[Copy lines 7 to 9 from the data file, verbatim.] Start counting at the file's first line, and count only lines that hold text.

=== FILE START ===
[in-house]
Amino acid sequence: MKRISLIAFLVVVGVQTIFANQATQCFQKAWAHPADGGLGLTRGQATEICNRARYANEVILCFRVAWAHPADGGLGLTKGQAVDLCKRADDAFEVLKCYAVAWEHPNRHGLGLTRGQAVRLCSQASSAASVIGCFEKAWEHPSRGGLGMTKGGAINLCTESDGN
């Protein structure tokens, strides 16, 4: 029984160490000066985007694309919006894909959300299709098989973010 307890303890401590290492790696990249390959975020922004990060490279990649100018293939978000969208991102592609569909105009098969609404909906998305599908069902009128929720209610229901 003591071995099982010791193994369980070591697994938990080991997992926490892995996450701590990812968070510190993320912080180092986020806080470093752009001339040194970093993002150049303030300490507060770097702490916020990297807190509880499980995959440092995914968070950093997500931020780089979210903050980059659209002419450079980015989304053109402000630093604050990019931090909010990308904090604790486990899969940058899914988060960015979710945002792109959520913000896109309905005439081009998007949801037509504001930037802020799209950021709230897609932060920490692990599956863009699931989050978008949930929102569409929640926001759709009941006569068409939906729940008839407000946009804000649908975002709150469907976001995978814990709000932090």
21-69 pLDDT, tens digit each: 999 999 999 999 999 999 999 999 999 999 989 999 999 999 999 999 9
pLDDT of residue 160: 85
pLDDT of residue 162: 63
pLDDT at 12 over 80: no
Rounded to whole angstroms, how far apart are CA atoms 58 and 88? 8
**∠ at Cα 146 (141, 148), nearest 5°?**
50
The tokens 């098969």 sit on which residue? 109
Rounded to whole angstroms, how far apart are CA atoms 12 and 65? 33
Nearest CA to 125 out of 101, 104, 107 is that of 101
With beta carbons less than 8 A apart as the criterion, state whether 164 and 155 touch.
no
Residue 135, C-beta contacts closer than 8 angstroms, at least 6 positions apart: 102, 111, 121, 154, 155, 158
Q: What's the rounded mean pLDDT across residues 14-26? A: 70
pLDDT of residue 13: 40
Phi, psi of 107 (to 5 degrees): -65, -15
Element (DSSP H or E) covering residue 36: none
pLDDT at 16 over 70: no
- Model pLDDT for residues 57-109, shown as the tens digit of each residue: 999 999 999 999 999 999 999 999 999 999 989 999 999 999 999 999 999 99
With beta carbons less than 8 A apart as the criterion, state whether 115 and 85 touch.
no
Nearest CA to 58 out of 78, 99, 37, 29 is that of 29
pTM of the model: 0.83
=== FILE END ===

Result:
pLDDT at 12 over 80: no
Rounded to whole angstroms, how far apart are CA atoms 58 and 88? 8
**∠ at Cα 146 (141, 148), nearest 5°?**